Mel Zelaya with Óscar Arias
Photo: La Prensa, Honduras
Photo: La Prensa, Honduras
In the Washington Post, Costa Rican President Óscar Arias wrote:
This coup d'état demonstrates, once more, that the combination of powerful militaries and fragile democracies creates a terrible risk. It demonstrates, once more, that until we improve this balance, we will always leave open the door to those who would obtain power through force -- whether a little or a great deal, approved by the majority or only by a few. Furthermore, it shows what happens when our governments divert to their militaries resources that could be used to strengthen their democratic institutions, to build a culture of respect for human rights and to increase their levels of human development. Such foolish choices ensure that a nation's democracy is little more than an empty shell, or a meaningless speech.
I have much respect for President Arias, but this time he has it all wrong. The risk may be there, but what he describes is not what happened in Honduras. He has bought into the slanted CNN coverage and the lies of Mel Zelaya. The Honduran military is not in charge of Honduras, the government is. I wish he could come to Honduras to see that but I understand why he cannot.
Hondurans and those of us who live here have been victims of violence for a long time, and more so in the past 3 1/2 years during the presidency of Zelaya, during which the murder rate in Honduras soared from 35 in 2005 before Zelaya took office to 57.9 per 100,000 in 2008. This year shows every sign of being even higher. By comparison, the worldwide average is around 8, the US is around 5.5, and Canada is around 2, per 100,000. One of my neighbors was murdered by having his throat cut during a robbery two months ago.
Our civil rights have been violated, but not by the military − by the criminals. The regularly scheduled landings of drug planes are widely known by the population who are afraid to try to do anything about it. Kidnappings, robberies and muggings go unreported because it is a waste of time to report them and often the police are involved in the crimes.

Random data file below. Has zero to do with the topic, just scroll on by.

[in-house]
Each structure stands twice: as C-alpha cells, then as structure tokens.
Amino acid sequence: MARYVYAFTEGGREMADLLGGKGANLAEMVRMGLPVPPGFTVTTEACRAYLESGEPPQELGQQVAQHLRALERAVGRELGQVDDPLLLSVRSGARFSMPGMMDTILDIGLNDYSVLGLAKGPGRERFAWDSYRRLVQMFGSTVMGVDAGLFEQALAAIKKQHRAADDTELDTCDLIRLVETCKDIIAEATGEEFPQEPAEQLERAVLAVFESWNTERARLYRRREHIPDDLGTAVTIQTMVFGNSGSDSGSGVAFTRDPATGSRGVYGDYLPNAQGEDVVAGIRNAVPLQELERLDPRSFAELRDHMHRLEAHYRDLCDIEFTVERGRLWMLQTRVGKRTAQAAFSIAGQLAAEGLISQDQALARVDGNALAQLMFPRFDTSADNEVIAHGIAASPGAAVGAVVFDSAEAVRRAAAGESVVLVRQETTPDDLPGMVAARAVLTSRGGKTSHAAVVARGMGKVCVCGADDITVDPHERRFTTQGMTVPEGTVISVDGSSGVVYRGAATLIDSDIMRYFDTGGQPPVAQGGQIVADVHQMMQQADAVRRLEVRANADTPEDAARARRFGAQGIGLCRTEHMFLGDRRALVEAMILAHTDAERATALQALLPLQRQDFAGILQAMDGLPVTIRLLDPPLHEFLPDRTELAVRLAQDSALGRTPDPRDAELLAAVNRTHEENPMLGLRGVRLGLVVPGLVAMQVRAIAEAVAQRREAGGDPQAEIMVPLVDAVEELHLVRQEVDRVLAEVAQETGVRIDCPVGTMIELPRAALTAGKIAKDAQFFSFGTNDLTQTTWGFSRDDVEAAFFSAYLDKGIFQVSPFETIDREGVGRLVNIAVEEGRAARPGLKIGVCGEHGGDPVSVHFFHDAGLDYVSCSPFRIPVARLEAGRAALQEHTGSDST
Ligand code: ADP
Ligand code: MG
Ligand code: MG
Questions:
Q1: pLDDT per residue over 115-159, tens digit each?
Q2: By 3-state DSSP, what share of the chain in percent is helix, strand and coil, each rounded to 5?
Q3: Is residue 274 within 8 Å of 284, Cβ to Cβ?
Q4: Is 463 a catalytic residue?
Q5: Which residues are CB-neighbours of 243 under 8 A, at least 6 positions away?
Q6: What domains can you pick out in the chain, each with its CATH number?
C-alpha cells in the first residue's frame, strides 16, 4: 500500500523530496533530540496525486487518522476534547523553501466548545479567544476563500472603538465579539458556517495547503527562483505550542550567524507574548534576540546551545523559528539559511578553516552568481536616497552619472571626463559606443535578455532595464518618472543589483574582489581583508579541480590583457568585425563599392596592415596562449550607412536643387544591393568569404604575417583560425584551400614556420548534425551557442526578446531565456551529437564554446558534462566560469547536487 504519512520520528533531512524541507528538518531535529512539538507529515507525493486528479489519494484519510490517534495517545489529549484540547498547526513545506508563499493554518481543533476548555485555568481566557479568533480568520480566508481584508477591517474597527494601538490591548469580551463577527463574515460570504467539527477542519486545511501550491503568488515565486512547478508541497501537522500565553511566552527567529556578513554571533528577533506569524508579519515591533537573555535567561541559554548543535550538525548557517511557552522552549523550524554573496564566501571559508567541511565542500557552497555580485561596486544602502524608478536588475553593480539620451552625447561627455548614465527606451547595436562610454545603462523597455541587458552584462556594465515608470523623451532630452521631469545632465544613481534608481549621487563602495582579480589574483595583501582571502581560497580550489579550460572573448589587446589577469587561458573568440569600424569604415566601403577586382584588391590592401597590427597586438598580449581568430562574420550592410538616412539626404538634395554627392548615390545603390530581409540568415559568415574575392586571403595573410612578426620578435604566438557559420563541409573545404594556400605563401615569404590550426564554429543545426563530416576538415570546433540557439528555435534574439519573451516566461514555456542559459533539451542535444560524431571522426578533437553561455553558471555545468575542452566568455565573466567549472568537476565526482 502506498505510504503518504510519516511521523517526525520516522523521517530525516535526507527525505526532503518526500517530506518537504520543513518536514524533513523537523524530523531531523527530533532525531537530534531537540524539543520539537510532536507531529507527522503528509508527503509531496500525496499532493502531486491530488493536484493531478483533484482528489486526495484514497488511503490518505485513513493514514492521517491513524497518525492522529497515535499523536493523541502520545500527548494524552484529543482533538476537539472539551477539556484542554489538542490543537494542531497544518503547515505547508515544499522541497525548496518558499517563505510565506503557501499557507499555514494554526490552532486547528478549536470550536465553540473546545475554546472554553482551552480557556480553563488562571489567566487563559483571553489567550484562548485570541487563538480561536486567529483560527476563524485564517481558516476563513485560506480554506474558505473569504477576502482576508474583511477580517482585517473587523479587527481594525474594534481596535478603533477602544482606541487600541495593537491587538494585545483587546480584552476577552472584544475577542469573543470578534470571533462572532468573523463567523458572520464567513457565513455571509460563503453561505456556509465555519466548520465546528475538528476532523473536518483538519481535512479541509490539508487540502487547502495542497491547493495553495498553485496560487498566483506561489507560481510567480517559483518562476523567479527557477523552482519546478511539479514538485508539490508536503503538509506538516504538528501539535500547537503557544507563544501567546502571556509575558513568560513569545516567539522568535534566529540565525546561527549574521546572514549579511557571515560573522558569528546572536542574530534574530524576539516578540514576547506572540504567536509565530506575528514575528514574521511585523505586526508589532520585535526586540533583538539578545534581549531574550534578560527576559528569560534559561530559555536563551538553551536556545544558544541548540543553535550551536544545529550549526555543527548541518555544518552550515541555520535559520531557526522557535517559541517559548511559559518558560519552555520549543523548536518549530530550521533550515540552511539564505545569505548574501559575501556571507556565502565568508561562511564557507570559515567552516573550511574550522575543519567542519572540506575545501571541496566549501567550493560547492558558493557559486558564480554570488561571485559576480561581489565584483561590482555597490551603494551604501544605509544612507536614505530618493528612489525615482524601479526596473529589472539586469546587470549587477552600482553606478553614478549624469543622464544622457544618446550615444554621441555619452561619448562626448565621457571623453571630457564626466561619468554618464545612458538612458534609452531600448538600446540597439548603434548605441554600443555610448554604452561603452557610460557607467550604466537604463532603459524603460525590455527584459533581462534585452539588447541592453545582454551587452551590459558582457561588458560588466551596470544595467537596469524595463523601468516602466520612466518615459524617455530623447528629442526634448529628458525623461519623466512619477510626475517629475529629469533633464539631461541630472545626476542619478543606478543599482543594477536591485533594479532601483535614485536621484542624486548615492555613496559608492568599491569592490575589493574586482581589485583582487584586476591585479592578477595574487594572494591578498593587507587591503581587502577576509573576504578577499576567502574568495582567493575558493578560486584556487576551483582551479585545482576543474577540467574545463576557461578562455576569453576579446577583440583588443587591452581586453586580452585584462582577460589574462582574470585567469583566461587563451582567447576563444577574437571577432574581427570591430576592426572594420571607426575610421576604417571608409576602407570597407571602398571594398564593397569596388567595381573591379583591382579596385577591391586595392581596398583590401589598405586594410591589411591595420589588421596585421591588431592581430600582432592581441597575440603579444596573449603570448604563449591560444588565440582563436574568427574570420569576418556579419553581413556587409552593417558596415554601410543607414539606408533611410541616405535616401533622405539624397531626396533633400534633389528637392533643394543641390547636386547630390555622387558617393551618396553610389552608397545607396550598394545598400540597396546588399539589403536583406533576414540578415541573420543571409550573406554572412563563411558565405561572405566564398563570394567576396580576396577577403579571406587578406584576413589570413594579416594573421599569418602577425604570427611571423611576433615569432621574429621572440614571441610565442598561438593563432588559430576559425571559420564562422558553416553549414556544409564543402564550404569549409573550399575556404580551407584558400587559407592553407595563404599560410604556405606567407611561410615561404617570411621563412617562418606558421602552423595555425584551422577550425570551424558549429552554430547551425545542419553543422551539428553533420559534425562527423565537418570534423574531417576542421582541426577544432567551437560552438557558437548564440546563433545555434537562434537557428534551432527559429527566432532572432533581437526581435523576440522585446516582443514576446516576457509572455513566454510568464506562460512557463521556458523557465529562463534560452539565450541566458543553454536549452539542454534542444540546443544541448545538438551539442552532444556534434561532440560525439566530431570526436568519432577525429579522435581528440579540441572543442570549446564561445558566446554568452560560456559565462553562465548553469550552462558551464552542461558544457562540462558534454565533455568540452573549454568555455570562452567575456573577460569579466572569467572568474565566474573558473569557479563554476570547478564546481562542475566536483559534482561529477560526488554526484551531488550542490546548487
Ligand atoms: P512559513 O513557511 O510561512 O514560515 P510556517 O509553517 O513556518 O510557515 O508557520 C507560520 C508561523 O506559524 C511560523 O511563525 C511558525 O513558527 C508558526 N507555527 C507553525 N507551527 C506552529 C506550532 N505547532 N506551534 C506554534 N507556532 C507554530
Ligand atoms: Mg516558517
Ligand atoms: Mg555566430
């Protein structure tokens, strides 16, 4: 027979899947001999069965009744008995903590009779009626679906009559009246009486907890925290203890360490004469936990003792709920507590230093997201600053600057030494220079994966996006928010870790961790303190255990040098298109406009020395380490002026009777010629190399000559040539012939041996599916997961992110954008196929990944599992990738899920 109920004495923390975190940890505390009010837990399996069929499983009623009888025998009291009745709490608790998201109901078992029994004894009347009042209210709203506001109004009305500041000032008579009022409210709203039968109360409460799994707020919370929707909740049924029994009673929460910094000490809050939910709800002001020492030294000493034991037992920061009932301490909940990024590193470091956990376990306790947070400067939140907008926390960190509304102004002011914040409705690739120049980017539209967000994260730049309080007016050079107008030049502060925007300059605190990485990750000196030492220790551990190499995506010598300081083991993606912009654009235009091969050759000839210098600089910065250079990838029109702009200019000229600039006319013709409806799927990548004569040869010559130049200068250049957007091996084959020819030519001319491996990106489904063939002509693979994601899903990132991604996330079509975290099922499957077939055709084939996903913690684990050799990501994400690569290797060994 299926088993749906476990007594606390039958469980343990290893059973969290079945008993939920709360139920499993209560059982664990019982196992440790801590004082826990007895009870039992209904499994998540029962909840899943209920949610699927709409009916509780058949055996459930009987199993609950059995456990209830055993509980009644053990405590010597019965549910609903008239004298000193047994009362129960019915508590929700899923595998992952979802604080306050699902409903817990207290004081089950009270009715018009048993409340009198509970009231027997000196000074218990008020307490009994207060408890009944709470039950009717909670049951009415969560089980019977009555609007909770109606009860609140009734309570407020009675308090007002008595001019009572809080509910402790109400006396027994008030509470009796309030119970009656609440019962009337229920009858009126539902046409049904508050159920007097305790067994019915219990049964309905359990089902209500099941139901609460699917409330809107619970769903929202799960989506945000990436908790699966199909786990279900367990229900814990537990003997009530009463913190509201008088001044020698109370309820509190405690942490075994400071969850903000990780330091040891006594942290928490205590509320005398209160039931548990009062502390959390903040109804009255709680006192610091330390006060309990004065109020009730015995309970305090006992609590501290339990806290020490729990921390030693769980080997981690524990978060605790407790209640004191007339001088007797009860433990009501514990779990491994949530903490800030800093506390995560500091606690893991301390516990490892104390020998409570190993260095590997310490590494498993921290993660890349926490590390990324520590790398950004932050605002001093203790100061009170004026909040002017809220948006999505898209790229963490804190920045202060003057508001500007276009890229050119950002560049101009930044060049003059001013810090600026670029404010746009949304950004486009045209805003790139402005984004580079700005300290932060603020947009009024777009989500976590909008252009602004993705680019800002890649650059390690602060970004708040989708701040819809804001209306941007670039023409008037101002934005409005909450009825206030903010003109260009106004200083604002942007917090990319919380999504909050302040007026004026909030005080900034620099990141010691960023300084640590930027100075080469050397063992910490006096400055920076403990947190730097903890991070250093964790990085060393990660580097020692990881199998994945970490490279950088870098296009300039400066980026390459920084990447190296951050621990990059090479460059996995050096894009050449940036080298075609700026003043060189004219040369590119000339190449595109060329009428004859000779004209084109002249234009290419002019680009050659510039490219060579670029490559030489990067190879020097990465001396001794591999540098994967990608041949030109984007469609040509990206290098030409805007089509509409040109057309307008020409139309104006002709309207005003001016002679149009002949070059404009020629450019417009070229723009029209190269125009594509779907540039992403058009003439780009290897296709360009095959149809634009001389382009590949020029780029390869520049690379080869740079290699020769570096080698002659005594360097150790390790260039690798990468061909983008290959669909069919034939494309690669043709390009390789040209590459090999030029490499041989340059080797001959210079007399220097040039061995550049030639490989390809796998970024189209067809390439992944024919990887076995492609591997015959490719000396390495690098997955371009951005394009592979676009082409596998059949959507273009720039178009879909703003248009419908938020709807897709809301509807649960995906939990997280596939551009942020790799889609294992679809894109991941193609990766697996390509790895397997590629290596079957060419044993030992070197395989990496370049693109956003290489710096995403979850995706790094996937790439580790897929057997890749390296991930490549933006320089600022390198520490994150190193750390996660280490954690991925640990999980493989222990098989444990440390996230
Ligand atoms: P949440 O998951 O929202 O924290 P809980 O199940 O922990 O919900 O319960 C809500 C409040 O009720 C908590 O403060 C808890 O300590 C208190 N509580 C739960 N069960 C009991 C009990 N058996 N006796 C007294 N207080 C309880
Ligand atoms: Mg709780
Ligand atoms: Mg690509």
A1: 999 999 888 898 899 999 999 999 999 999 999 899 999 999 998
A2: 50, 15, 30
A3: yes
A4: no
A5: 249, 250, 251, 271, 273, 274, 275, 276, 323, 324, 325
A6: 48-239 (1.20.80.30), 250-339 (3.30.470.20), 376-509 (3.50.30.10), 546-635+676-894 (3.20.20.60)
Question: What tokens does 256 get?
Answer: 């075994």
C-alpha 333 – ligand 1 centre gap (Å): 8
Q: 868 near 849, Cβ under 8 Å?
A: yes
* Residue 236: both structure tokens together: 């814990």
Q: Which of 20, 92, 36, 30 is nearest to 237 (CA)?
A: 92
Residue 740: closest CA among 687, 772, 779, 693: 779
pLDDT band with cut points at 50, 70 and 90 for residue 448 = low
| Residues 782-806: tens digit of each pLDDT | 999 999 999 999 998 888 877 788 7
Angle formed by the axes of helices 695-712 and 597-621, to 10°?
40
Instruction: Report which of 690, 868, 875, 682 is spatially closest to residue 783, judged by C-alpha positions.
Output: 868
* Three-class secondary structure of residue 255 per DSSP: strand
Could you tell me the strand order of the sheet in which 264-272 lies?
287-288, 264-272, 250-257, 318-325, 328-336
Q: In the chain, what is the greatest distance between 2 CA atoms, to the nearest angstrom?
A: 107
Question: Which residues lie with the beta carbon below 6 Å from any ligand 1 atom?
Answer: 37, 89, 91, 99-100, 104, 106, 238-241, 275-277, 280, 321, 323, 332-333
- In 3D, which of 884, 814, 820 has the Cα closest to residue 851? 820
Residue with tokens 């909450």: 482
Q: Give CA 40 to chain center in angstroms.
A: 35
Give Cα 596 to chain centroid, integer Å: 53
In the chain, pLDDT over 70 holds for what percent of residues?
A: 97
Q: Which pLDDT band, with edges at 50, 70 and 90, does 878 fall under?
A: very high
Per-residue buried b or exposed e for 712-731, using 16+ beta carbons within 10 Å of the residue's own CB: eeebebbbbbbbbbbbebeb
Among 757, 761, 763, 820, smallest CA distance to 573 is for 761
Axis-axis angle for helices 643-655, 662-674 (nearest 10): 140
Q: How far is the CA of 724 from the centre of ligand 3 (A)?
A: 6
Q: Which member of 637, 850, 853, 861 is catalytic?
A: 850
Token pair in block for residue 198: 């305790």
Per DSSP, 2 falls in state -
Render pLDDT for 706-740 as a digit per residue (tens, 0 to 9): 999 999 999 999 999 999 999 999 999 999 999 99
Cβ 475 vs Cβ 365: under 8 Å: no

Last month when the OAS (Organization of American States) met in San Pedro Sula, Honduras, with the proposed theme of 'Peace,' no one noticed the irony of what was happening outside their luxury quarters. In fact, both Mel Zelaya and Patricia Rodas diminished the theme by complaining of being 'victims' of the curta urna opposition, while they campaigned for the inclusion of Cuba in the OAS.
Just the fact that the pro-Zelaya protesters are out protesting and vandalizing every day should show that the military are allowing freedom of expression. Many of us wish they would take action against them. Aren't peaceful people entitled to some rights, too? Shouldn't criminals be prosecuted?
Zelaya has apparently bought the teachers union. Teachers, who for years have protested and held strikes against Mel's government almost monthly for the past three years, are now striking on behalf of Mel.
Some dedicated teachers who care about the children they teach are teaching in playgrounds and under trees because they do not agree with their union leaders. Just a few minutes ago, I listened to a teacher who was doing that. A masked man in a car with no license plate came to her home and threatened her, telling her that she had better not teach any more. She was very frightened and upset.
Business owners have been threatened as well. Their businesses have been vandalized. Tegucigalpa is being terrorized by Mel Zelaya's supporters, whether under his instruction or Chávez's, I do not know.
Honduras has not had a true democracy. Citizens, especially the poor, are used for their vote every four years and ignored the rest of the time. Votes can easily be bought, sometimes even for tamales, from those who can't feed their children. Rather than a democracy, it has been more of a feudal system, with elected officials considering themselves rulers of their kingdoms rather than a public servant who has to answer to the citizens. Honduras has been drowning in corruption.
This is Honduras' chance to turn their country into a true democracy.